ZAGREB  - Croatian ex-prime minister Ivo Sanader and an official representing his conservative HDZ party on Monday pleaded not guilty to embezzling millions of euros of state funds at the start of a landmark trial. The first case of its kind against a political party in the former Yugoslav republic set to join the European Union next year is a serious blow for the former ruling party. Three out of four other officials implicated in the case pleaded guilty. “I don’t feel guilty on any count of the indictment and we will prove that it was fabricated,” Sanader told the Zagreb county court. The former prime minister is already facing trial on two other major corruption affairs. He was expelled from the HDZ in 2010.

The scandal-plagued Croatian Democratic Union (HDZ), ousted from power by a centre-left coalition in elections in December, has been trying to paint Sanader as a lone black sheep.

Anti-graft prosecutors have charged Sanader and the party with abuse of power for allegedly embezzling some ten million euros ($13 million) from state-run companies, saying the money was put into slush funds used mostly to finance the party and some officials.

The HDZ party is also accused of taking illegal donations.

Sanader, who prosecutors say earned two million euros through the scheme, is charged with ordering the heads of state-run firms and institutions to make business deals with Fimi Media, a local marketing firm.

They were apparently told to pay for fictitious services between late 2003 and mid-2009 while he was in power.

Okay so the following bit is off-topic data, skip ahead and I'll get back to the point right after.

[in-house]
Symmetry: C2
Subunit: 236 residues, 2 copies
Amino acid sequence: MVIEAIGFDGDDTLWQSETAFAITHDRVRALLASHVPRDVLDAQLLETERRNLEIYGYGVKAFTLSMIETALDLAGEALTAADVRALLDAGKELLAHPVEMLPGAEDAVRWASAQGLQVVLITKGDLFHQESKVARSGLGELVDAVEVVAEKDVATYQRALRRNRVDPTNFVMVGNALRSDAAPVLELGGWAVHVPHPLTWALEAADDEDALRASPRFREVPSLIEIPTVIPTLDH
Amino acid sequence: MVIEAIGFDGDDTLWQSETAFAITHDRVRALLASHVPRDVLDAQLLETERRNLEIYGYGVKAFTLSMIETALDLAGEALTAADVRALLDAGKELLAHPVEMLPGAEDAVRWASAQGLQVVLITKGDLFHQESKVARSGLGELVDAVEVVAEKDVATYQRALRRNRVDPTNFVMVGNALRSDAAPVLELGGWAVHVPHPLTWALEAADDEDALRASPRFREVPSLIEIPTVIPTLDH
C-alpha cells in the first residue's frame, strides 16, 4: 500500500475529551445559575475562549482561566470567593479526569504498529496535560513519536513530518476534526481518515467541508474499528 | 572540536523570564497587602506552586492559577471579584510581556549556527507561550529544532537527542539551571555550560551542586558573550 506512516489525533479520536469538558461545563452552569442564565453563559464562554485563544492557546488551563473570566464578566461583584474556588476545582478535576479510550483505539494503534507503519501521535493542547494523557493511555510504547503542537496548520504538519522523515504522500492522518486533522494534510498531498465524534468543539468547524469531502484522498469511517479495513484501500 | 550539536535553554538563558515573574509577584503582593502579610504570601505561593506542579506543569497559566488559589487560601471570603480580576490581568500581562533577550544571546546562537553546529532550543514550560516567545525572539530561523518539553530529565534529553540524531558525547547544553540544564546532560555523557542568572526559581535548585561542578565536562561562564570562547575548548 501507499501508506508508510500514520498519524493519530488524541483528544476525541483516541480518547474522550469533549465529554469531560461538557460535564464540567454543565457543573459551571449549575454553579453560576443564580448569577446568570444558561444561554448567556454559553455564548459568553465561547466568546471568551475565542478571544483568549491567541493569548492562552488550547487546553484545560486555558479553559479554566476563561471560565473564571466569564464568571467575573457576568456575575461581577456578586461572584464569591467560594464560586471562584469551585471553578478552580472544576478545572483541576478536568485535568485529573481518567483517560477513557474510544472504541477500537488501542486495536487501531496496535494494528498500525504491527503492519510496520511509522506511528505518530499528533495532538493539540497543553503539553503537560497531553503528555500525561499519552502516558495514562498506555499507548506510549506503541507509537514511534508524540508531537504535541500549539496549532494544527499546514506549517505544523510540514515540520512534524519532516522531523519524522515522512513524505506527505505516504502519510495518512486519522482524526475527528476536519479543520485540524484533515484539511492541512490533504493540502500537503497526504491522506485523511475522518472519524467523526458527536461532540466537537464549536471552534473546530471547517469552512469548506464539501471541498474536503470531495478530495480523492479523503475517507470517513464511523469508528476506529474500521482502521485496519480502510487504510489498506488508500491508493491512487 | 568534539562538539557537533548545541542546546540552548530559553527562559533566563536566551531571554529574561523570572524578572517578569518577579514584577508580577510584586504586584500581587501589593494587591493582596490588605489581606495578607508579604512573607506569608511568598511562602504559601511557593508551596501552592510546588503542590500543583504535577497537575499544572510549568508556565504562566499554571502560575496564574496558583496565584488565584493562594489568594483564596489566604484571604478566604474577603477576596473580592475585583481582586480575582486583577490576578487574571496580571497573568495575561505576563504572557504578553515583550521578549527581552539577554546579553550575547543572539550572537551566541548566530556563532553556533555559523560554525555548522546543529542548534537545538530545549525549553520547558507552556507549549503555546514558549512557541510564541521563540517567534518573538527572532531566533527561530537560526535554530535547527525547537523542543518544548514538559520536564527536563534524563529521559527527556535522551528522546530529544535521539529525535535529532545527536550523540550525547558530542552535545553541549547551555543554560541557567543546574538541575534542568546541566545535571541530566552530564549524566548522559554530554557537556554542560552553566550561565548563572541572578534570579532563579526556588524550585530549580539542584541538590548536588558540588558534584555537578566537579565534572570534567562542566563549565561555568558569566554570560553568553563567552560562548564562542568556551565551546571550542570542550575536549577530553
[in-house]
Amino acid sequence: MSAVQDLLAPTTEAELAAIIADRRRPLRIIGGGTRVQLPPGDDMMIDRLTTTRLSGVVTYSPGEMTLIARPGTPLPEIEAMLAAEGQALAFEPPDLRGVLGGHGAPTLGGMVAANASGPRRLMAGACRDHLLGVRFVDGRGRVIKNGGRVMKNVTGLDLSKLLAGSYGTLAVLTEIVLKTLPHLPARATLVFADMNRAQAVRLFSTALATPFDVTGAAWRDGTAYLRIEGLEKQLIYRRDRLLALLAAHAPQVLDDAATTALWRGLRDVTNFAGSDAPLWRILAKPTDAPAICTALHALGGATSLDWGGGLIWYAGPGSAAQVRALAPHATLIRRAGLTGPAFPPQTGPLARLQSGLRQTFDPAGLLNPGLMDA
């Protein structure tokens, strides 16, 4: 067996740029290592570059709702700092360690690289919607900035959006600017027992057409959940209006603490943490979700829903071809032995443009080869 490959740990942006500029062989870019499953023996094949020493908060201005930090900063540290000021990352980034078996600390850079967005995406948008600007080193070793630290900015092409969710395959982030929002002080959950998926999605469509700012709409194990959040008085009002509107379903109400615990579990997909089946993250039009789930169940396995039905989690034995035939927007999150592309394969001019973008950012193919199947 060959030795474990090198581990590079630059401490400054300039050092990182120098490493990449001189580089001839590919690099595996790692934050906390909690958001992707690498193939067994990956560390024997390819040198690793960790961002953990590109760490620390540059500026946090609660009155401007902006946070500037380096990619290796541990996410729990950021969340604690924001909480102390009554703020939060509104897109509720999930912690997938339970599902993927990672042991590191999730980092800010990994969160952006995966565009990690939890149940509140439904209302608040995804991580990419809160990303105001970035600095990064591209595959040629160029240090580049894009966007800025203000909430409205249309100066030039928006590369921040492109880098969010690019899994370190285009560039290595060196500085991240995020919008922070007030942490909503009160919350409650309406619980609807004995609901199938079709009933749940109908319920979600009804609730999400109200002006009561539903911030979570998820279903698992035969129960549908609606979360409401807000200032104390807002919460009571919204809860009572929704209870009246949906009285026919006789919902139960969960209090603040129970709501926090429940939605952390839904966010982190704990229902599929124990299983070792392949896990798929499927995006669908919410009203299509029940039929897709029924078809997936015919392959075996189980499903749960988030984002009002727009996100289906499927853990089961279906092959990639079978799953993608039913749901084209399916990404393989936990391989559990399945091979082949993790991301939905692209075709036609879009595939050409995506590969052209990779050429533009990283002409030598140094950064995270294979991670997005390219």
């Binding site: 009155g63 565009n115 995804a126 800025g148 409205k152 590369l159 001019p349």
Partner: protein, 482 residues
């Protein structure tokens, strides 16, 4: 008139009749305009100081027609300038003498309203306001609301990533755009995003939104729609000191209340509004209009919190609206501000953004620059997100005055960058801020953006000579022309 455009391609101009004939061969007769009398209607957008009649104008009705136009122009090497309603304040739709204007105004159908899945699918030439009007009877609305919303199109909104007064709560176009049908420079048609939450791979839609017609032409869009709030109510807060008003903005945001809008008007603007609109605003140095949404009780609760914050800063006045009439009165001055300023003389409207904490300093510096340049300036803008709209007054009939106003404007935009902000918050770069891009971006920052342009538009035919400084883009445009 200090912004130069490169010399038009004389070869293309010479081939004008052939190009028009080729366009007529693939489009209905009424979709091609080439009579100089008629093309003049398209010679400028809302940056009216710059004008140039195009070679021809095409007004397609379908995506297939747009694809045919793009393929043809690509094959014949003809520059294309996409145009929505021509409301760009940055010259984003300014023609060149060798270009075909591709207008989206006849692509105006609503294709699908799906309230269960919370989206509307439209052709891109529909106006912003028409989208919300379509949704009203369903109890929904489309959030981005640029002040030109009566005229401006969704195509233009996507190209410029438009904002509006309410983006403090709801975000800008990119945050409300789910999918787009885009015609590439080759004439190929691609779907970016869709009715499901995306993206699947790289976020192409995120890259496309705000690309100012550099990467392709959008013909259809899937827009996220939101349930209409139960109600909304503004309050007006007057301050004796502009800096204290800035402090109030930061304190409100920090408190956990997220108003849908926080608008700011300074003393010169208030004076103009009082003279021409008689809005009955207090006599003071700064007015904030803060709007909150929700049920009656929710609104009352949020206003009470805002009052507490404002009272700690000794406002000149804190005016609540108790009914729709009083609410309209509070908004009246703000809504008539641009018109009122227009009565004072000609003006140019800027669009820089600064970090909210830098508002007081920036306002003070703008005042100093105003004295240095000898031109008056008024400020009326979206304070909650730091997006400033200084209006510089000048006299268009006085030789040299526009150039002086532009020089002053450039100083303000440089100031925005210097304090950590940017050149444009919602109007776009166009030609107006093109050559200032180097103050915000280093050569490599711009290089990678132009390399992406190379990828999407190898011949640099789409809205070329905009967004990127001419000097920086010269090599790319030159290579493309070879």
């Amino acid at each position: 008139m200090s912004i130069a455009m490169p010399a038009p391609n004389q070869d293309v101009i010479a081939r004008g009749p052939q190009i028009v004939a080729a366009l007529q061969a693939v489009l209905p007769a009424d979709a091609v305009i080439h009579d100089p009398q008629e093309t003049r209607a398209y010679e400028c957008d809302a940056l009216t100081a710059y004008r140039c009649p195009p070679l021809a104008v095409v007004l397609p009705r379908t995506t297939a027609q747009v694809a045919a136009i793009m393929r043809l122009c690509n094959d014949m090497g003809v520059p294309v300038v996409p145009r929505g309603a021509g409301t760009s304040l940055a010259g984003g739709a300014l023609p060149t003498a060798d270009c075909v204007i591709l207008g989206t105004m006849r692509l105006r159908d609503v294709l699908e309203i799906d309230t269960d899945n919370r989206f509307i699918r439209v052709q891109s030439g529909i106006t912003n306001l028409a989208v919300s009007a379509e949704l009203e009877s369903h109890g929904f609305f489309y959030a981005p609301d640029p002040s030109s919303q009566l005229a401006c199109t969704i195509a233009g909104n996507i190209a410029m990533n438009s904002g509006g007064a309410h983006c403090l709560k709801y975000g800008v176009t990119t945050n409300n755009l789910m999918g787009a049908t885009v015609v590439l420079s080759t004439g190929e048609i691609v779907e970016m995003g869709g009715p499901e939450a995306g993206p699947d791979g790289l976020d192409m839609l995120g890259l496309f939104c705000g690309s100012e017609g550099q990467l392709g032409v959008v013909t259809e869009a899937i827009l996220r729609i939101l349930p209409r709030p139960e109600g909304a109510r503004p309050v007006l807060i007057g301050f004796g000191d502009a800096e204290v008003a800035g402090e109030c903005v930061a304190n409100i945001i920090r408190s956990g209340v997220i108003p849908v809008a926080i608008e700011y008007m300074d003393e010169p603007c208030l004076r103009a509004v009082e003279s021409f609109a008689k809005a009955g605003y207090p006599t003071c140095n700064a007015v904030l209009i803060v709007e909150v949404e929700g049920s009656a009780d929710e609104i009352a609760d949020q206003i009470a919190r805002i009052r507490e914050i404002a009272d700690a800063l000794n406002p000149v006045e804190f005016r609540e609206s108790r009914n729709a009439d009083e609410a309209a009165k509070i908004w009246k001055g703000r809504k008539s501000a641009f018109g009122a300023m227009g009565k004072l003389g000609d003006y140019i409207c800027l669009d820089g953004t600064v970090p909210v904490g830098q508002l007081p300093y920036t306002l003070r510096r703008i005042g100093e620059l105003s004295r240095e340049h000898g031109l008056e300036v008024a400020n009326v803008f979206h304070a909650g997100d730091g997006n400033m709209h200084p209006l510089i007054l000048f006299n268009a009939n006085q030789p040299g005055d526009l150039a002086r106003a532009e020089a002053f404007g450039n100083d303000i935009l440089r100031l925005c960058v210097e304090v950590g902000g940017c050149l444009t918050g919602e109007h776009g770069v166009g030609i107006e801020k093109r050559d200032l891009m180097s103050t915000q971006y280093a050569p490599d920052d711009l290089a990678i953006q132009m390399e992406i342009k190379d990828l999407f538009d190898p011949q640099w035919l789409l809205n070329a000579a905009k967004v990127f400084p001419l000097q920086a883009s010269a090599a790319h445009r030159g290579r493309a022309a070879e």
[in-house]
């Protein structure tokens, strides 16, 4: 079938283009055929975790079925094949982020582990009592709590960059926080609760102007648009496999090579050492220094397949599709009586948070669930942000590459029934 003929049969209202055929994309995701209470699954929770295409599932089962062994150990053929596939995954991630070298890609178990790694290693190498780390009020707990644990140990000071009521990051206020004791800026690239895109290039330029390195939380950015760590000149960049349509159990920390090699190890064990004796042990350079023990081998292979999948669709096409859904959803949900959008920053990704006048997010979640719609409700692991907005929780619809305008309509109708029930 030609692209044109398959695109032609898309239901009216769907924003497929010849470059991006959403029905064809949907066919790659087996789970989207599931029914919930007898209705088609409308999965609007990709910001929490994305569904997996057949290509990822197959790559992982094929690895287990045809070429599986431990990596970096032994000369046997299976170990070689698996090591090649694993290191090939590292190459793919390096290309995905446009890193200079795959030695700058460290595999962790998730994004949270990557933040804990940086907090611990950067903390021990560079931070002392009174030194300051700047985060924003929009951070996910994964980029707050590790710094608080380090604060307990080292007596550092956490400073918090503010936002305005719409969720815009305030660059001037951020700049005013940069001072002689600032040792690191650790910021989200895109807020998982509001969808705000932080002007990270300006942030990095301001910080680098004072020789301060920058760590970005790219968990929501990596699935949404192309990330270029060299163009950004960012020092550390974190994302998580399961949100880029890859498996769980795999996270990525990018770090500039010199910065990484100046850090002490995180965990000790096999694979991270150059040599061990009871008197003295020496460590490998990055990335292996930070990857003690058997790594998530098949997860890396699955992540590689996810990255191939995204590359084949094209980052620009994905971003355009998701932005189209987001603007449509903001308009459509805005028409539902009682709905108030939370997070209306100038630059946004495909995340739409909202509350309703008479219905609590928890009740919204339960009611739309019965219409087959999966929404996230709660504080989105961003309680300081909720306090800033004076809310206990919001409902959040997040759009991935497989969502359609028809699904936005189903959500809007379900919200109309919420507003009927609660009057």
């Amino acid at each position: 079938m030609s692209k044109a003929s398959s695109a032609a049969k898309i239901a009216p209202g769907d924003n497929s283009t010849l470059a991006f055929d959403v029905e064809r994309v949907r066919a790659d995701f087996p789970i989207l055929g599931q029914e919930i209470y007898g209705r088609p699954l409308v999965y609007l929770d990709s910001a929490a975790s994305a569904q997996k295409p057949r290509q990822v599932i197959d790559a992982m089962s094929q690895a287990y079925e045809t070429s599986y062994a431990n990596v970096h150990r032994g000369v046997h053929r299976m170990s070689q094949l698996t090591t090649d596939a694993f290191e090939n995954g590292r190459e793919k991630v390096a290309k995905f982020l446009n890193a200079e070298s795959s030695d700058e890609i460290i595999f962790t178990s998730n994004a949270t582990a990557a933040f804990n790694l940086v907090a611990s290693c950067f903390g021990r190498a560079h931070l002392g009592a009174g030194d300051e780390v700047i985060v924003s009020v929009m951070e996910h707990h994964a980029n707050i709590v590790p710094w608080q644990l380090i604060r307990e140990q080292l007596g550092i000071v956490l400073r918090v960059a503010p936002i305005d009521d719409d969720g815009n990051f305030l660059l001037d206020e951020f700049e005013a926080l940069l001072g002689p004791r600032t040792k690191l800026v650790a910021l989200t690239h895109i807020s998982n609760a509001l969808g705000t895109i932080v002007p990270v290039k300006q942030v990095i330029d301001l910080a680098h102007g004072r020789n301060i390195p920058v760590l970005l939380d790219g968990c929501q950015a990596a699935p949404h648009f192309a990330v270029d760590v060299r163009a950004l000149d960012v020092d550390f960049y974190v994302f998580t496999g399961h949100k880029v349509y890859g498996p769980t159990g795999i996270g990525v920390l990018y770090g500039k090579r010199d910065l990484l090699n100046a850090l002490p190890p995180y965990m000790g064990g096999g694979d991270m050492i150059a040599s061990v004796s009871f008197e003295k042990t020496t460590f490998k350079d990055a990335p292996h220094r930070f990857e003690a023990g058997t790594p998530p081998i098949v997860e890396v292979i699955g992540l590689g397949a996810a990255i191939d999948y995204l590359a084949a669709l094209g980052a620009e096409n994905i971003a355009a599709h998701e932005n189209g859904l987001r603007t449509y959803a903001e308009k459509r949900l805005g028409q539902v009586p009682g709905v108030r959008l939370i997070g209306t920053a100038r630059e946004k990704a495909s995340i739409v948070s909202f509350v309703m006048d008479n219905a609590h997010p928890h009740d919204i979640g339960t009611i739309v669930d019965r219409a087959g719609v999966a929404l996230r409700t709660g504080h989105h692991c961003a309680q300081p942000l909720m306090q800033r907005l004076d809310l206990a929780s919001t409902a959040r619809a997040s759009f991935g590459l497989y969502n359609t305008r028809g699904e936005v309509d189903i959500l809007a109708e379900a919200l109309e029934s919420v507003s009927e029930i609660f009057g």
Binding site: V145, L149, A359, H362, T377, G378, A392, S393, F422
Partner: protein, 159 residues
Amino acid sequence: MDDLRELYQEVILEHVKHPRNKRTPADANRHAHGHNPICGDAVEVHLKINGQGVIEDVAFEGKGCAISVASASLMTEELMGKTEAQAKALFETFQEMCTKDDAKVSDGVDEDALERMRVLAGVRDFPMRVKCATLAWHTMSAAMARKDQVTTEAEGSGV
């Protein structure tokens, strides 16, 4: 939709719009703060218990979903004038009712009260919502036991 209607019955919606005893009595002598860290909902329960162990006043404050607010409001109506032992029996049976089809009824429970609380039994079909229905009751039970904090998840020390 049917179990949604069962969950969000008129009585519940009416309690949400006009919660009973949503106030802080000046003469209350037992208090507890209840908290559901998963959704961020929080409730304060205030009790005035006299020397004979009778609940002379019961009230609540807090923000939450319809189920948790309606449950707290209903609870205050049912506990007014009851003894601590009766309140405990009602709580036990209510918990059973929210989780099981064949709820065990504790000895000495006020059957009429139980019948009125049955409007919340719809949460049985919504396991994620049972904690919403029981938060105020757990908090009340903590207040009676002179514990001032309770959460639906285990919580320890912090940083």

The fight against corruption is a key criterion for Zagreb’s bid to join the European Union in 2013.

HDZ official Damir Sesvecan pleaded not guilty on behalf of the party.

But three other defendants - two former HDZ officials: ex-treasurer Mladen Barisic and chief accountant Branka Pavosevic, and the head of the Fimi Media firm Nevenka Jurak - pleaded guilty.

A fourth suspect, former HDZ spokesman Ratko Macek also pleaded not guilty.

An lawyer for the HDZ party repeated the party’s claims that its leadership did not know about the slush funds.

“No party body was informed about the illegalities with which the HDZ was charged,” lawyer Davorin Budin told the court.

“We will prove that there was a double, parallel system of financing within the HDZ,” he said.

Sanader led the HDZ from 2000 until July 2009 when he suddenly stepped down.

The 58-year-old said earlier he would prove the charges were politically motivated.

The trial is another blow for the HDZ, which has been weakened by internal wrangling ahead of the elections for a new leader in May.

The party ruled Croatia almost continuously since its 1991 independence.

Prosecutors and the defence want to call more then 100 witnesses including HDZ current head and former prime minister Jadranka Kosor.

It resumes on Tuesday is expected to last at least until the end of the year.